The Nagas

Hill Peoples of Northeast India

Project Introduction The Naga Database

book : Return to the Naked Nagas (1939;1976)

caption: Chapter Seven. Fishing with Tactful 'Savages'
caption: exhausting journey home
medium: books
person: Chinyang/ of Wakching
ethnicgroup: Konyak
location: Wakching Chingtang
person: Furer-Haimendorf
date: 6.1936-6.1937
text: But I was more dead than alive, and I began to comprehend all those numerous warnings against the tropical sun that are given to every green-horn. Soon -- much too soon for me -- we had to start again, if we were to reach the village before dark. The path led through the jungle in that eternal uphill and down dale that drives every European to distraction. The Nagas do not mind climbing, and rather than make the smallest detour they will climb the steepest hill. After an hour of most exhausting going we were still near the river. Not a leaf moved in the damp heat of the forest, and I had to stop more often to regain my breath while black spots danced before my eyes. The path ascended now with greater steadiness, and I soon found the uphill climb harder than the greatest fatigue alone would have justified. Light sunstroke was an easy diagnosis. Some Wakching people coming up behind us realized at once what was the matter with me, and without many words they fell in with our pace. I have never met more perfect tact. None of them had had any luck that day, and now they were hurrying home, hoping at least to reach their village before dusk, but without a shadow of impatience they halted with me every quarter of an hour or so. In vain I tried to persuade them to go ahead -- for, after all, I had Yongem to show me the way -- but they would not hear of it.
text: "No," Chinyang assured me, "we won't leave our Sahib alone. When an Ang goes with his men, do they leave him alone? No, may tigers come, may bears come, they remain with him. And you are now our Ang."
text: All agreed with him, and I was not a little flattered, even in my exhausted condition, to be awarded the rank of a chief.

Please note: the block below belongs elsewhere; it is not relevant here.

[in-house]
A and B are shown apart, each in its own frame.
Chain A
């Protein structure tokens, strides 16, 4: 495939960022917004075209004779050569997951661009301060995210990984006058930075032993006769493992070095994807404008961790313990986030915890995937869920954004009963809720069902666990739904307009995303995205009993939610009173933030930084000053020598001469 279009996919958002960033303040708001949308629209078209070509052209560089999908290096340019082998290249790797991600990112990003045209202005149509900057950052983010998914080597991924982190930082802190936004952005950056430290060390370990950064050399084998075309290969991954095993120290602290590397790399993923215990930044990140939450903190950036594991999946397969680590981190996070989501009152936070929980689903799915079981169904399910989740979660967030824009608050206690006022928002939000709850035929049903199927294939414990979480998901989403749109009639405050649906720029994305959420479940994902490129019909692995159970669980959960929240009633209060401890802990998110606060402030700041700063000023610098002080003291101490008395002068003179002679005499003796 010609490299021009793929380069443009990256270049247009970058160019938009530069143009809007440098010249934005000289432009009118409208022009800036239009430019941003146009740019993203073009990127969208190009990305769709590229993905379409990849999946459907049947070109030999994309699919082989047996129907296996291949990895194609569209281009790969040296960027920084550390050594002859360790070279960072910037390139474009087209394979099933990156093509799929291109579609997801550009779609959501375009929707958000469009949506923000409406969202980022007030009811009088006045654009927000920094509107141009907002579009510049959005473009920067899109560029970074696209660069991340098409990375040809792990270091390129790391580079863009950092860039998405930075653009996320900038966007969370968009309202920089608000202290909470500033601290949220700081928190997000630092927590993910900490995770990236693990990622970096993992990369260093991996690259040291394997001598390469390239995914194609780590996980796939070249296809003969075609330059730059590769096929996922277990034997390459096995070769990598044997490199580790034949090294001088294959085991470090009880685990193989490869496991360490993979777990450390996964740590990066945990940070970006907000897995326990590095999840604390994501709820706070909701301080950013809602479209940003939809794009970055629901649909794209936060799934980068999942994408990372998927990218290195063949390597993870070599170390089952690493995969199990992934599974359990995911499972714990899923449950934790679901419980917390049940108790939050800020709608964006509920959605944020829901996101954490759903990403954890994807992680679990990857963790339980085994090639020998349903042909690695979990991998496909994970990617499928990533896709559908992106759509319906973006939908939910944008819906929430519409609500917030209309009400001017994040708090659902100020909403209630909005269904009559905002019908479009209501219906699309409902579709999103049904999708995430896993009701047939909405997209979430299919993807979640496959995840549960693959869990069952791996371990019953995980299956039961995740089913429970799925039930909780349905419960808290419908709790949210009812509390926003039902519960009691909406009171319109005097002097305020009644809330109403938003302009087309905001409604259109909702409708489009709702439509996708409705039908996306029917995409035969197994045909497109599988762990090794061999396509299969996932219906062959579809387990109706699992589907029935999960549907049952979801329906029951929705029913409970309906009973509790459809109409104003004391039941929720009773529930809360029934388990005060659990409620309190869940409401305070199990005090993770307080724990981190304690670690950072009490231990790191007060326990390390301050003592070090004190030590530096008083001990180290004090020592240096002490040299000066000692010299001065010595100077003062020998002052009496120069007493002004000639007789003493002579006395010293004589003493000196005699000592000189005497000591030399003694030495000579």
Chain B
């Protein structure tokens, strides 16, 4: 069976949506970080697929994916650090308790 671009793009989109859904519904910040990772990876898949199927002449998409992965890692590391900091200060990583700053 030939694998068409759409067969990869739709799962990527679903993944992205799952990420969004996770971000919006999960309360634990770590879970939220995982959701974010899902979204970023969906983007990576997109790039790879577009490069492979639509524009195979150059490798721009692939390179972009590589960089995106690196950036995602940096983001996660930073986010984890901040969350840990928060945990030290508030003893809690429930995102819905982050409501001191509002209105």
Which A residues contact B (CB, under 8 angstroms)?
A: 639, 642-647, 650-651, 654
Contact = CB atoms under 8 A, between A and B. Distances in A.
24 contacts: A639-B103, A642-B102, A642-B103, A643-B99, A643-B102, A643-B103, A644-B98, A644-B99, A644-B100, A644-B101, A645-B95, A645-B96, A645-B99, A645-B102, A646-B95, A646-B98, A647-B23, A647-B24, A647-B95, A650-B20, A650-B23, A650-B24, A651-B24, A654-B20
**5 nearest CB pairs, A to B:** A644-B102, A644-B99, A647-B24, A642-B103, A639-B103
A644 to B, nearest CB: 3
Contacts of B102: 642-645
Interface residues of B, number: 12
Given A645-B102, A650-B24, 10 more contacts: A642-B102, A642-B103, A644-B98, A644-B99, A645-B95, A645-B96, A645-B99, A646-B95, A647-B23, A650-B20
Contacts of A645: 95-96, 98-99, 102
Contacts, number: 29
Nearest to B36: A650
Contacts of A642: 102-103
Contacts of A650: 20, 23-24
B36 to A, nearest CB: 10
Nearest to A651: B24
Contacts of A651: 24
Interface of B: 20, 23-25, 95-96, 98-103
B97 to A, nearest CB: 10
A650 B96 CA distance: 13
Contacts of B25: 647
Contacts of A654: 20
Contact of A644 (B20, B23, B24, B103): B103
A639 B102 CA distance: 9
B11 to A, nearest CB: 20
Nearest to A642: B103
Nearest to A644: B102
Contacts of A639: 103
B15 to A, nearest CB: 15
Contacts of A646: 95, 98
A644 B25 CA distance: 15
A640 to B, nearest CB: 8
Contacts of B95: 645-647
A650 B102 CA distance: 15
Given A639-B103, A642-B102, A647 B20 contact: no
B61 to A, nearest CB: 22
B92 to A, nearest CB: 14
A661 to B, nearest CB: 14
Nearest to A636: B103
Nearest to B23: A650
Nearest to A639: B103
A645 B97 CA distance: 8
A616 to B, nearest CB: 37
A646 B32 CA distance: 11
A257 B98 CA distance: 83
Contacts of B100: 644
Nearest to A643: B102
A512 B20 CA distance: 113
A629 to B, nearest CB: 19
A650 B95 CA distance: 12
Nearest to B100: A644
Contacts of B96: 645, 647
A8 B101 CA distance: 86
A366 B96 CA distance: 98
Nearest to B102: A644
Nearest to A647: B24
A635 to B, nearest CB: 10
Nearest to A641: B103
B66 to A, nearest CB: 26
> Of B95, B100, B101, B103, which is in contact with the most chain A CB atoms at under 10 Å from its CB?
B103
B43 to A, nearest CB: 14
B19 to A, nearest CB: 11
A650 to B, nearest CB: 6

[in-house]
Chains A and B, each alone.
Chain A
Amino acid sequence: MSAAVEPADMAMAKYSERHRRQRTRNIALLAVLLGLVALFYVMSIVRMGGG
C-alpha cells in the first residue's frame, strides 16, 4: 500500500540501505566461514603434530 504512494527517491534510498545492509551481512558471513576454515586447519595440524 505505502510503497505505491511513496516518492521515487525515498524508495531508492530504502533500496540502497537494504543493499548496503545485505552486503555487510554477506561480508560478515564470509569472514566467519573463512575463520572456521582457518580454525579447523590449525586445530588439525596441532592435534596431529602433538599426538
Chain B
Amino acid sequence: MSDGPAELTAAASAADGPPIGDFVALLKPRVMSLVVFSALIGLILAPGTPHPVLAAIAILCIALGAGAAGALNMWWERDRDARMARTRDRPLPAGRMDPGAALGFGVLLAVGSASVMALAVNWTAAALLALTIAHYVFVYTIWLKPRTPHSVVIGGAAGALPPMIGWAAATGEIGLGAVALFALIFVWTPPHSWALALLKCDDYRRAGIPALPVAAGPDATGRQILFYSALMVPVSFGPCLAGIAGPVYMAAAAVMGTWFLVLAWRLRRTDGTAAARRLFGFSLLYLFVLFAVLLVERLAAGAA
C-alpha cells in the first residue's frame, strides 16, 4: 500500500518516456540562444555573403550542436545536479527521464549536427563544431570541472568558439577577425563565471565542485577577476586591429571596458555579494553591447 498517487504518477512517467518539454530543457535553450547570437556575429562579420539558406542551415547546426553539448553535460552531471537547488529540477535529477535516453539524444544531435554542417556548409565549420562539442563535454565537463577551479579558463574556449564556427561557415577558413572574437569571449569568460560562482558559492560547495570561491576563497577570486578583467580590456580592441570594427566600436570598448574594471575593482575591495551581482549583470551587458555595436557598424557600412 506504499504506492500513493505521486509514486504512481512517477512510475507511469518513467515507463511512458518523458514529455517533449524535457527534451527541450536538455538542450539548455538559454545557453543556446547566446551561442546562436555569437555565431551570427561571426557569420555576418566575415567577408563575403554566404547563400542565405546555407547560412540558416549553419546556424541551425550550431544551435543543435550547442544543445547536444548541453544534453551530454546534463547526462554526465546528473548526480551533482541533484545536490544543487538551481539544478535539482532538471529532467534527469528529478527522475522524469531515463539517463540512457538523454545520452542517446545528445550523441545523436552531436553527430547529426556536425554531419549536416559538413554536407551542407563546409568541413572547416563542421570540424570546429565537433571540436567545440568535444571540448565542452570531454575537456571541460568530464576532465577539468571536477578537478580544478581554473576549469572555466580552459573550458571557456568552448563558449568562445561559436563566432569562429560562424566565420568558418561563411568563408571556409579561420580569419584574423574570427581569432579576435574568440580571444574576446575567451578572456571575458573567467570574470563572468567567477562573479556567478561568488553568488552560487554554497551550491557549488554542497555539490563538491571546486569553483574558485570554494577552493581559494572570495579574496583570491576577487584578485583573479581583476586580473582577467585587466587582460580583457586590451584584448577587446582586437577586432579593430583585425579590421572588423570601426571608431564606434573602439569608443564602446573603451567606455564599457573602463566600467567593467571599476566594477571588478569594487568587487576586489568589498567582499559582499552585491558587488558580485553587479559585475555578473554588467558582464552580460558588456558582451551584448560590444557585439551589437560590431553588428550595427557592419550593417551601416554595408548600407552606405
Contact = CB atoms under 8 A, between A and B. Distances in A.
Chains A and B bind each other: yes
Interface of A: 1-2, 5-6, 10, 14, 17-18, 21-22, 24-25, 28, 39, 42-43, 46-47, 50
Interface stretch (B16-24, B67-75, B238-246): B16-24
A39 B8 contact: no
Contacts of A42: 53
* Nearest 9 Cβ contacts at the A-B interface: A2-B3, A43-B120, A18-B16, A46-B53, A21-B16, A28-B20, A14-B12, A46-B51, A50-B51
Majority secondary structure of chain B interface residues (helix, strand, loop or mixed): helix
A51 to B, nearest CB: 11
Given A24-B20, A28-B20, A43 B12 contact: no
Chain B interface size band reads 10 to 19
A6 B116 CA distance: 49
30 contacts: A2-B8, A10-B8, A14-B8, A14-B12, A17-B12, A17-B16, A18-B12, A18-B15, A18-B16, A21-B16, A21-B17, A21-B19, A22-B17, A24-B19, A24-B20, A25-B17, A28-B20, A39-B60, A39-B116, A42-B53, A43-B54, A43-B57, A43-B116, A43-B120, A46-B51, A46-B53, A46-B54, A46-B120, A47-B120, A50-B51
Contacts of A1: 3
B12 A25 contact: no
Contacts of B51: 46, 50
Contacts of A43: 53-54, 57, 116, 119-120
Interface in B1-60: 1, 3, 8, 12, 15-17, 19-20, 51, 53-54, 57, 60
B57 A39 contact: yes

text: If a similar misfortune had befallen me on a tour in Europe, I tremble to think of the impatient faces of my companions, or (71) those few nice words about slacking and lack of stamina, which would have been slung at me. But these men behaved as if a leisurely walk was exactly to their taste and did their best to save me the embarrassment of my miserable condition. "Of course, a Sahib cannot walk on our paths," Yona comforted me. "We Nagas, we are like monkeys, we climb the mountains -- straight up." Little Achin, though all his friends had gone ahead, only looked at me with serious, anxious eyes. He did not show the faintest trace of a superiority that most European boys of his age would have felt in a similar situation.
text: At Chingtang people waited for us by the path with water and bananas. One of my companions had gone ahead to get me these refreshments, and Chinyang suggested I should hire some young men in Chingtang to carry me up to Wakching on a stretcher. But I did not want to stake my prestige on such an issue, for I felt that if I once allowed myself to be carried the atmosphere of comradeship would somehow be spoilt.
text: Chingtang lay on top of a hill, and I really thought we must be well on our way up to Wakching, but we had no sooner left it than we dropped again, and soon most of the height so hardly gained was lost. Now dark storm clouds precipitated the short dusk. The first lightning flashed, and the thought of the terrible downpours of the last weeks was anything but cheering. But my friends paid little attention to the weather. Nothing was to make me believe that we were in a hurry. Now they proposed we should rest again, and brought small green tangerines from the forest which were dreadfully sour but refreshing.